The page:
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# Fast division by 15 (or 240?)?

Does anyone know of a way to quickly divide by 15?

I imagine there are ways to optimize division by constants, but I can't seem to think of anything that works. Ah, I need the remainder too.

Thanks for the help!
Does this have anything to do with the Atari 2600? And what is the domain of the numerator? 0 to 255? More? Negative numbers?

What do you get when you multiply by 17?
tepples wrote:
Does this have anything to do with the Atari 2600?

No, no, no, no... Are you asking because of the horizontal positioning of sprites? No, I have already found a good way to do that, but I won't code anything for the 2600 until I have finished something for the NES anyway.

It has to do with metatiles (2x2 tiles) being drawn to the name tables, which can hold only 15 rows of those, so this division is for the correlation of level map metatiles with name table metatiles. I may need to divide camera coordinates by 240 too (to get the value of the Y scroll register)... I'm still doing my math, but I'll need at least one of those. Unless I decide to keep track of 2 different Y coordinates (which was my first option), but I don't want that.

Quote:
And what is the domain of the numerator? 0 to 255? More? Negative numbers?

Up to 4095, always positive.

Quote:
What do you get when you multiply by 17?

I don't see where you're going... I guess I'd get an approximation of what I want, with the remainder in the lower byte and the result in the following one(s)? Not sure. I don't think approximations are good enough for this, because placing metatiles in the wrong row is a VERY noticeable glitch! =)
If you have 512 free bytes -- you can't get much faster than a LUT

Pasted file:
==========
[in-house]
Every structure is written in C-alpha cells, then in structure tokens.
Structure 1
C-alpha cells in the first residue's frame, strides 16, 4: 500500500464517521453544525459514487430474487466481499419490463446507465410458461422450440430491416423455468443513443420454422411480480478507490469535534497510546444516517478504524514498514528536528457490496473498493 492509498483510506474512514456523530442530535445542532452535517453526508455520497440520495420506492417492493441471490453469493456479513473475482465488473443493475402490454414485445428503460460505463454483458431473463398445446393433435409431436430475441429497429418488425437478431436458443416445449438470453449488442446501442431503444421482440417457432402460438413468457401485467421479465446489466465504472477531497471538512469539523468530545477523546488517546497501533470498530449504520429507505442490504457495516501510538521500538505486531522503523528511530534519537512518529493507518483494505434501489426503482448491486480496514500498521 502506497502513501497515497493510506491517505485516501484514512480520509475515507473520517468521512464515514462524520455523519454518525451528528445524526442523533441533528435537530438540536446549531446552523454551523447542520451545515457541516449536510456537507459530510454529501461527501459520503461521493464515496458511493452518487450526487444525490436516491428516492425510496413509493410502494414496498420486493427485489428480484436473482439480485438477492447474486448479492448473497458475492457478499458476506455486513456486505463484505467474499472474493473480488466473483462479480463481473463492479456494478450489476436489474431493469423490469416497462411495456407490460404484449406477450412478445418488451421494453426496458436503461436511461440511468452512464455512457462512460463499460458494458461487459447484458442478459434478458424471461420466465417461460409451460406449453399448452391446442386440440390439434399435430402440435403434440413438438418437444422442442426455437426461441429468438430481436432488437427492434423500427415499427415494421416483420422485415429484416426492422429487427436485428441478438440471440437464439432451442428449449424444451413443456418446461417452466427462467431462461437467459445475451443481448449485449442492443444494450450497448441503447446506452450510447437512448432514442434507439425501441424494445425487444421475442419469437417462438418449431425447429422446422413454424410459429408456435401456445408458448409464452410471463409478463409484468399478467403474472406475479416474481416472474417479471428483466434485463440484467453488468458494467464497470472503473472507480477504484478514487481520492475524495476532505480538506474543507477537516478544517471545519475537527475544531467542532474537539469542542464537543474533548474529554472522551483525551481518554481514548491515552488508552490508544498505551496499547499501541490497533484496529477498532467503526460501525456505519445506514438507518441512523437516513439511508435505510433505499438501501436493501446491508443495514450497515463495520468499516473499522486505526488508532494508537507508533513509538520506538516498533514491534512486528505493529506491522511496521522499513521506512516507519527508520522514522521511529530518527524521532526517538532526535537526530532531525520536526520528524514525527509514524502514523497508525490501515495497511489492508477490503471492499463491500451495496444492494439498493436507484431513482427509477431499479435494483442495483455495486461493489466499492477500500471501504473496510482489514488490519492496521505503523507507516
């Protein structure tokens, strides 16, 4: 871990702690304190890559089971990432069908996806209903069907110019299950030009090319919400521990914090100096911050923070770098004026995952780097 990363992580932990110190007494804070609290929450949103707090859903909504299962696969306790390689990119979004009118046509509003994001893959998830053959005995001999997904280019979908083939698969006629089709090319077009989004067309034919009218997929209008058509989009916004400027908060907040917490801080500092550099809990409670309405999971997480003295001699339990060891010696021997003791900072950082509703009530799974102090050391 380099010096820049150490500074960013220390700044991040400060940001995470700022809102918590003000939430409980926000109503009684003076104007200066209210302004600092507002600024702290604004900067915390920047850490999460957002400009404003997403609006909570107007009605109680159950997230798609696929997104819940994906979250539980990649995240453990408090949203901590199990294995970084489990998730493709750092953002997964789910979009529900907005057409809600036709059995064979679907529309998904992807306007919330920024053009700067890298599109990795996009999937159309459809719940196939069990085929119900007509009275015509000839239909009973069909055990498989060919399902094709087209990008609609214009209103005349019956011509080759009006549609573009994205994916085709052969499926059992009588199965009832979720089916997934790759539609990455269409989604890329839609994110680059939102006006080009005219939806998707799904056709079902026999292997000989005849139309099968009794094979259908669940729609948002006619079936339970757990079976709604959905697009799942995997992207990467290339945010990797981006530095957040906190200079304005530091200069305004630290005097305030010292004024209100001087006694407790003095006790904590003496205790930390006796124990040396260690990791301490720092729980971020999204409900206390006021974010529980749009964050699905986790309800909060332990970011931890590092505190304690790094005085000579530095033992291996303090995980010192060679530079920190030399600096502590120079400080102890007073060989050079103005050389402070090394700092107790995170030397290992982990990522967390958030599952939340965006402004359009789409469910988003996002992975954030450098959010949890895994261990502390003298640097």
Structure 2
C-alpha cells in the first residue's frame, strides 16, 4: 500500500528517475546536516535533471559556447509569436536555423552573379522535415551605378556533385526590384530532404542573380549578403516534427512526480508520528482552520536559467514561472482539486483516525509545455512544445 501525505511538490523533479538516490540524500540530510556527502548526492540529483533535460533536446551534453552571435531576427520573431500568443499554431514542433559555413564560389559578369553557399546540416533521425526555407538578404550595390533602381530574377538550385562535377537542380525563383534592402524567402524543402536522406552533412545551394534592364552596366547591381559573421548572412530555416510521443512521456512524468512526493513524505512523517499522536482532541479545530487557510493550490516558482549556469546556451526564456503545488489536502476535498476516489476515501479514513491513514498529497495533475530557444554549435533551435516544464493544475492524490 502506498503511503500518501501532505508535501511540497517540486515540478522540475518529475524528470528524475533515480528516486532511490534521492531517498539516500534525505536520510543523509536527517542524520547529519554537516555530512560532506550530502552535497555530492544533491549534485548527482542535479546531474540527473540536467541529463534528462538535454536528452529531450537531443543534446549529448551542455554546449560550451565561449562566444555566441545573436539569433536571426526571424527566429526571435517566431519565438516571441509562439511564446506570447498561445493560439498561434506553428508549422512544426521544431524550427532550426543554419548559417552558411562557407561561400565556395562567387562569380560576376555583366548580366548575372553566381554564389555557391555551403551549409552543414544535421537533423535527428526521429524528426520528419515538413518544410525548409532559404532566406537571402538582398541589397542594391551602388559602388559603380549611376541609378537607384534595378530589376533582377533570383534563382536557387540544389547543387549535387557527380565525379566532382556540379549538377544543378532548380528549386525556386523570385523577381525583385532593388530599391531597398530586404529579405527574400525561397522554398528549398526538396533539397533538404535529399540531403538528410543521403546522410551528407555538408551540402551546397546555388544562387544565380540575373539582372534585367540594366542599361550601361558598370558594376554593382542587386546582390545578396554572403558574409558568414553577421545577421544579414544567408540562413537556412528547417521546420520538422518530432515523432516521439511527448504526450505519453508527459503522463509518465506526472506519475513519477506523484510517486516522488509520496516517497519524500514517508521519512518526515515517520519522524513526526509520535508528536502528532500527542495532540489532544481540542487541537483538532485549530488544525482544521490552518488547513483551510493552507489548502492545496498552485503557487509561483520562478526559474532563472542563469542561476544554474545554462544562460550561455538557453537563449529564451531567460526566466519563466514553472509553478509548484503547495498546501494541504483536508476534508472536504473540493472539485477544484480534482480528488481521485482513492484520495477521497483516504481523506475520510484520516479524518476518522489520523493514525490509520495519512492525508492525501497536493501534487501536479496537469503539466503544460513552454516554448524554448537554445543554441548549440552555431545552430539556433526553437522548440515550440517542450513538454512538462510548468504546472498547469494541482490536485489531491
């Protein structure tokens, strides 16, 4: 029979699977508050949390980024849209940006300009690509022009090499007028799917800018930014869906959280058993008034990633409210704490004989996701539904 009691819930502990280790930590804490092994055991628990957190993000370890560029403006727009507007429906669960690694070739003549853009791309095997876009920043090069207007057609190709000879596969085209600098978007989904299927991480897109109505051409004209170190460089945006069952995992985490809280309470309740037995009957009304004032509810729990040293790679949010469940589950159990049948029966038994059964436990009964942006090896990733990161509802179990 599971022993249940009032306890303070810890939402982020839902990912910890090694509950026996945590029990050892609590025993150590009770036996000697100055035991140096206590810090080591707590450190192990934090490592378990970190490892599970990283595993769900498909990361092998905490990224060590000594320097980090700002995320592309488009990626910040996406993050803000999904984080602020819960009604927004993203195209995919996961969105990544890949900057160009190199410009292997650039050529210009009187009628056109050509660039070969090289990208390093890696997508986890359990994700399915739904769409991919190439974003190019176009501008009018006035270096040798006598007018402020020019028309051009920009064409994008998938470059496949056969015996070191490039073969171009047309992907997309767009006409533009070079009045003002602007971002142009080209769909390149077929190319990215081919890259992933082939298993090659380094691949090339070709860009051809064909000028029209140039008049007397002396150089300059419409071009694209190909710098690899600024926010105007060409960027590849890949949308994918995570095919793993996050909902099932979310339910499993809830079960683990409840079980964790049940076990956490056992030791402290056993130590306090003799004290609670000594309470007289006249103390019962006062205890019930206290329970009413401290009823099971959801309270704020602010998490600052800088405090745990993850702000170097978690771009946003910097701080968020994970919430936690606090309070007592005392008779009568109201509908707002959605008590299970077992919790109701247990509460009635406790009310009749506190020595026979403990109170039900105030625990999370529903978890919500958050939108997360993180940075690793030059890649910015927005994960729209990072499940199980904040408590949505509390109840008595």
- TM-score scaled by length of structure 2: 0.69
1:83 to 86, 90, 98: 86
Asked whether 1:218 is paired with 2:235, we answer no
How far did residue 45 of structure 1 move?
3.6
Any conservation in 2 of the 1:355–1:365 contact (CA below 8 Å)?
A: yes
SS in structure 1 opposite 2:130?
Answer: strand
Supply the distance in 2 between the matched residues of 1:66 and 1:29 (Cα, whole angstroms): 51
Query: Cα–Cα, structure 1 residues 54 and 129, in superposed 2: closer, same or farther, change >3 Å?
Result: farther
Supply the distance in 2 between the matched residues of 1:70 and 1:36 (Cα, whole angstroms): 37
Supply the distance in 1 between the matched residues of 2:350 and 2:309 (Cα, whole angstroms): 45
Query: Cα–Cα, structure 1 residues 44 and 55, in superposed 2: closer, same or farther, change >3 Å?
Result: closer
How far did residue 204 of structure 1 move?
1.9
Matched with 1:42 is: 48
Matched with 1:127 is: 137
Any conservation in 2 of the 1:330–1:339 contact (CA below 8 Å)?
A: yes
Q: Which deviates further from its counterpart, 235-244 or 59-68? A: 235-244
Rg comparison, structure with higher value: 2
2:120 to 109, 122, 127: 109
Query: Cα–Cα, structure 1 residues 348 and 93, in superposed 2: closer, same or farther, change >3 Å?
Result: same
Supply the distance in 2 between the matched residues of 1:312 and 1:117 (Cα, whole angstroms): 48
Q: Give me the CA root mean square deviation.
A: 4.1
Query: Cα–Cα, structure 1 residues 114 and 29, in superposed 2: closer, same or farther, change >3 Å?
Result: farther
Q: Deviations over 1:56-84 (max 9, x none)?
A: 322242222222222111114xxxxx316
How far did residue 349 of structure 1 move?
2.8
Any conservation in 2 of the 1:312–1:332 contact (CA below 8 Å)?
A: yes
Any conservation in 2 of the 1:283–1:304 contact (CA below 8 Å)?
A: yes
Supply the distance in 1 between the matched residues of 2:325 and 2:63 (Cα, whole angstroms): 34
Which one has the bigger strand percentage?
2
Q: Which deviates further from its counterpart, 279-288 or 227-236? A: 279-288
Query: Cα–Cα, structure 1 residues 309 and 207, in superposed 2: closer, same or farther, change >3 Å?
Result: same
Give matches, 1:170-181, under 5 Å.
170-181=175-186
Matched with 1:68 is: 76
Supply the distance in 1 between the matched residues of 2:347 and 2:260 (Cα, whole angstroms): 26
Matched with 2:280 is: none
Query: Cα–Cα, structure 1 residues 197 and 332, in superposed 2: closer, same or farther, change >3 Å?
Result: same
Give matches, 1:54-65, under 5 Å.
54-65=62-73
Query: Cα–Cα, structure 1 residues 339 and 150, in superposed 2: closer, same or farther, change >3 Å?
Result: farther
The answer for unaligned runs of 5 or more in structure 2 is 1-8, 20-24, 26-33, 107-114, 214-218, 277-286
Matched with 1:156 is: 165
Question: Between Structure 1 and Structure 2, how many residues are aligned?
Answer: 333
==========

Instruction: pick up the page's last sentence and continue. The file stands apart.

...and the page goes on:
Code:
divide_by_15:
LDX divisor
LDA division15_table,X
STA quotient
LDA remainder15_table,X
STA remainder
RTS

EDIT

Even if you need to divide a 16-bit number, you can run the high and low bytes through the LUT, then combine the results.... then run the remainder through the LUT and combine it.
I wouldn't use divide-by-15 for this purpose. Instead, have two different Y position variables, one that keeps track of where you are in the level map (absolute position) and one that keeps track of where you are in the nametables (relative position). When you scroll vertically, adjust both the absolute and relative Y-positions at the same time. If the relative position drops below zero or exceeds 14, then switch nametables (or wrap around in the same nametable, if you're using vertical mirroring).
512 bytes is a lot of space to waste with a calculation that has to be performed once per frame... I guess I'll either have a regular division algorithm (shift and subtract), or have the second Y coordinate, maintained to point to valid name table areas.

A regular division algorithm should be fast enough, since 15 is just a 4-bit number. I may have to divide by 240 though, but a 16-bit by 8-bit division should still be fast... as I said, it's no big deal, only once per frame.

Thanks for the help, sorry to bother ya! =)

EDIT: dvdmth: My original design was exactly like that. I may just stick with it. It just feels more "professional" to have everything calculated from one variable.
A lot of games divide the world into 16x15-cell "acres" and then store coordinates as (acreX, acreY, pixelX, pixelY).